Thirty years ago Hugh Daniel O’Neill was described as, “an innovator, a creator and a professional troublemaker” in a Forward to a collection of Odd Bodkins.
For seven years his Odd Bodkins cartoons ran daily in The San Francisco Chronicle and in 350 other newspapers throughout the world. At its peak, the strip had a readership of fifty million.
When he was hired at age 21 —the youngest cartoonist ever hired by a national syndicate— he was given three simple rules: no religion, no politics and no sex in the strip. He did his best to comply — he kept sex out of Odd Bodkins
His characters began to discuss metaphysics and deliberately offend the powers that be. The strip was dropped by the papers in 1966; editors thought he was going too far out, and assumed that no one could possibly make any sense out of these mad scribblings.
No sooner had the deed been done, when thousands of readers demanded Odd Bodkins’ return to the comic pages. Fans jammed the switchboard and sent letters demanding the reinstatement of Fred Bird, Hugh, Were-Chicken, Norton Motorcycle, and the rest of the Bodkins world.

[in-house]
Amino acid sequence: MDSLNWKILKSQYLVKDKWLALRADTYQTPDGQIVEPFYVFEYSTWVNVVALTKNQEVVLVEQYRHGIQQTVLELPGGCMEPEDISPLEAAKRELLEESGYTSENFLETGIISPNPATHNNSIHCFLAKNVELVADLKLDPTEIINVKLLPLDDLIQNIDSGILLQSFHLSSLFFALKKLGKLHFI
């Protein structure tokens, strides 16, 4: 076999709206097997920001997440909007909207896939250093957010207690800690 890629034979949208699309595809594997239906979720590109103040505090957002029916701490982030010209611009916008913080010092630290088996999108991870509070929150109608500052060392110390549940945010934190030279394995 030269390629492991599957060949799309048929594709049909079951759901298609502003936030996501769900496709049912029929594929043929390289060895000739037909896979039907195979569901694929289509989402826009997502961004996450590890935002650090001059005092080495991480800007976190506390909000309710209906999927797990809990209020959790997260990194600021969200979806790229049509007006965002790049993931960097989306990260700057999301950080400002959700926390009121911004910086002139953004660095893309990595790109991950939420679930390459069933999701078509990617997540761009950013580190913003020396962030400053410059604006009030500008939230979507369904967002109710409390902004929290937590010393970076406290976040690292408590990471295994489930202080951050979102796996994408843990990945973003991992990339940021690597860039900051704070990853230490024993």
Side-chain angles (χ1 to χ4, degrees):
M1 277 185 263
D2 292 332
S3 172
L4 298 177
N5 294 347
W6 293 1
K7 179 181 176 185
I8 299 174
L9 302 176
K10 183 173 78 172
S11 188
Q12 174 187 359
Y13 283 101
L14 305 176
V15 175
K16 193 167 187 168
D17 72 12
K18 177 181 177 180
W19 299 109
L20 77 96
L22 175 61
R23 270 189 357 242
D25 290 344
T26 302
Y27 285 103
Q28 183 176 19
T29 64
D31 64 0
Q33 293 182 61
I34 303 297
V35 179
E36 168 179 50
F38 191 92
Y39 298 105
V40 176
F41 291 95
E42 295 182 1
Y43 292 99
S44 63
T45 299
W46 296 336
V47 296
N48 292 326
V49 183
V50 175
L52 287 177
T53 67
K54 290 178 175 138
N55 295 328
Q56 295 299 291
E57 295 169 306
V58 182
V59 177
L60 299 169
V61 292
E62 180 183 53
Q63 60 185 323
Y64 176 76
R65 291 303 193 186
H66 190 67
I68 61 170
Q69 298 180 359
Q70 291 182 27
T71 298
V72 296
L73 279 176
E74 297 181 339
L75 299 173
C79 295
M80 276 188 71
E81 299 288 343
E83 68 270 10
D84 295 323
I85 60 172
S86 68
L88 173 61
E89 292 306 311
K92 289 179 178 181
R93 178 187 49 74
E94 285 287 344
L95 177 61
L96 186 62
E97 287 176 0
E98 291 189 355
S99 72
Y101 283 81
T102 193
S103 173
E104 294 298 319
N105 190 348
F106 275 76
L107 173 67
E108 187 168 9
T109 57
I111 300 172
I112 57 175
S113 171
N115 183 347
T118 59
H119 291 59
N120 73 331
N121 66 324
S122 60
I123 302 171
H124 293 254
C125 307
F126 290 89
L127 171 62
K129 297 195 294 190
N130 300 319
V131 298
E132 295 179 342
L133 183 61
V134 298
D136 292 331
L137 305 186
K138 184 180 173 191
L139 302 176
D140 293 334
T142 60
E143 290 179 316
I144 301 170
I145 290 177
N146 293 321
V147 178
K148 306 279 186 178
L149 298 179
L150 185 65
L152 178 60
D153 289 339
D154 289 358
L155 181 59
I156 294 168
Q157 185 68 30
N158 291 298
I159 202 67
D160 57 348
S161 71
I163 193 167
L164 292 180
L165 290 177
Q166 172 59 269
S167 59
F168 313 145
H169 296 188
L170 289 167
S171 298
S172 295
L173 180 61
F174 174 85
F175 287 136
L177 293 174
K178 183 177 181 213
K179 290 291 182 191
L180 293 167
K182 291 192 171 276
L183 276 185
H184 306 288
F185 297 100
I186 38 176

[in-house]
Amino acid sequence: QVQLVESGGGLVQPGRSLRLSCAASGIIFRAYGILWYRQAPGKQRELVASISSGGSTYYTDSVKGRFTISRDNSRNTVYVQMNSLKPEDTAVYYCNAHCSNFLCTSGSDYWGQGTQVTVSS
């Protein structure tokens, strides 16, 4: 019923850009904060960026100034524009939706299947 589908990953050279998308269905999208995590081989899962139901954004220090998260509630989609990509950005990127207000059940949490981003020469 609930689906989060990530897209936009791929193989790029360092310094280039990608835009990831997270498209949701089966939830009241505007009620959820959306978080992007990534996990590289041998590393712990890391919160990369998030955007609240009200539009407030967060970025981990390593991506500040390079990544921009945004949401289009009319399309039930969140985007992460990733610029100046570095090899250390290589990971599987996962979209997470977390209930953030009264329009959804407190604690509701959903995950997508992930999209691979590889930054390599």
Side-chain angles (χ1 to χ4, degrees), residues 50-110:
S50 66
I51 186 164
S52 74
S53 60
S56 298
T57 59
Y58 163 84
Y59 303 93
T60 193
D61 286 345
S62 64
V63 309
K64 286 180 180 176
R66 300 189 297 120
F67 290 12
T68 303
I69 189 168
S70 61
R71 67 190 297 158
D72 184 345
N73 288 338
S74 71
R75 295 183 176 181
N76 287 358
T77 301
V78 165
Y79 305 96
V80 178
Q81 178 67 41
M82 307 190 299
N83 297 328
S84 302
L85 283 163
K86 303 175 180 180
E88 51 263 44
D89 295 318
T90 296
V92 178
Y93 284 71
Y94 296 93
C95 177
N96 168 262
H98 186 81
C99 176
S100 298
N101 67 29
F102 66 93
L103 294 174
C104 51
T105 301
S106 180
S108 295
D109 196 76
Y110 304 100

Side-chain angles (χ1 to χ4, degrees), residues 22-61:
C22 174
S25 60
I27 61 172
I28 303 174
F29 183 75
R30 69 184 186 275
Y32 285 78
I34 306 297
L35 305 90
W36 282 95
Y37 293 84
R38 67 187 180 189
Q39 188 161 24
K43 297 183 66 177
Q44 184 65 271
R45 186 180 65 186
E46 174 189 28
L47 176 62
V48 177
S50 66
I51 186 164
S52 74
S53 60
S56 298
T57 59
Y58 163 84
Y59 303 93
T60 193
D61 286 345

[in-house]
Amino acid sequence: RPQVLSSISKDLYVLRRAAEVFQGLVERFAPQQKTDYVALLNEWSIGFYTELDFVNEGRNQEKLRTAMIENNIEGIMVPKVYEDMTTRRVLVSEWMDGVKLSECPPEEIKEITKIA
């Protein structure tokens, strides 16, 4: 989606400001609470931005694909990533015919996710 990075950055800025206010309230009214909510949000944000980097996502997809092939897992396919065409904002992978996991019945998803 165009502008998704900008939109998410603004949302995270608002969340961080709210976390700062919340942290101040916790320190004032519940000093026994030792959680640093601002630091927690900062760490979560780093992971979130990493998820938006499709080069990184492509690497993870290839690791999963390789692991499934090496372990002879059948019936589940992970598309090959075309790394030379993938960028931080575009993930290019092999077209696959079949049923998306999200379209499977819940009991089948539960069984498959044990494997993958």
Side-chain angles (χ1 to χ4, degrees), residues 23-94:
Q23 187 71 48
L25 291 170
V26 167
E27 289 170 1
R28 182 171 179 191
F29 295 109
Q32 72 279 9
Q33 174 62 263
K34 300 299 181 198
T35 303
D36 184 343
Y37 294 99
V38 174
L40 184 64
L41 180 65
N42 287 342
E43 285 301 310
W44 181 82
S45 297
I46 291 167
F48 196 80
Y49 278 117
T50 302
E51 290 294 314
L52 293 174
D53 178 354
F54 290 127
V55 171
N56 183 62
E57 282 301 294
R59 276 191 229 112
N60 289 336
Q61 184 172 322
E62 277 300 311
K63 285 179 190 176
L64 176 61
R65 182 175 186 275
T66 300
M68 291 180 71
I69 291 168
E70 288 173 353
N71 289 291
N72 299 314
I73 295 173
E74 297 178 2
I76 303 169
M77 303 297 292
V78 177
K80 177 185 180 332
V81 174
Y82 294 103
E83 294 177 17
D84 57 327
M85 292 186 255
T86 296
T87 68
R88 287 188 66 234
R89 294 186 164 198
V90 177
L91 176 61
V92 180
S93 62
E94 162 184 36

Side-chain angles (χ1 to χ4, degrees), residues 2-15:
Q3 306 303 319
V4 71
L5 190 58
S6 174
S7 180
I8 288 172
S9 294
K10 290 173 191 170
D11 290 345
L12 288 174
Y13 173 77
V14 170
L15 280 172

Again the strip was restored, and again the editors grew itchy because by this time it was a very different strip than the one they had originally bought. It was loaded with thought-arrows that delivered a secret message to America long before the underground commix, before Yippee, before Woodstock.
One of O’Neill’s great contributions to the expanding scope of comics was his use of powerful images in Americana. An artist who deals in mythology, he exhumed the mythic heroes from their museum cases and used them as living forces.
Dan O’Neill himself is an American myth. He was born April 21, 1942, the fourth generation of O’Neills in America. His father was a fighter pilot, a captain in the Navy, and Dan was raised in seventeen states in fourteen years.
O’Neill refuses to be a revolutionary. After all, one has to learn to live with contradictions. Whatever the war revolution or uprising, he can usually be found at the local pub talking with the rebels, quaffing brew, and playing his banjo. “If the revolution isn’t fun, I don’t want to go,” he says. Rebels tend to protect him from other rebels, for he is prone to making outrageous statements to friend and foe alike. O’Neill could be the only man who is in favor of a violent revolution only if no one gets hurt.
Dan O’Neill elected to our Board of Directors in June, 2002, responded, “This is a sideways…when I first read the Forward, I thought I should write a Backward…to deny everything in the Forward…but a Backward seems Retrograde…so this is a sideways…
Sideways is where you go when you don’t want to go Backward and you can’t go Forward. I’m still denying everything but accepting it all…let me make that perfectly clear.”
Welcome to the Sixteen to One family, Dan.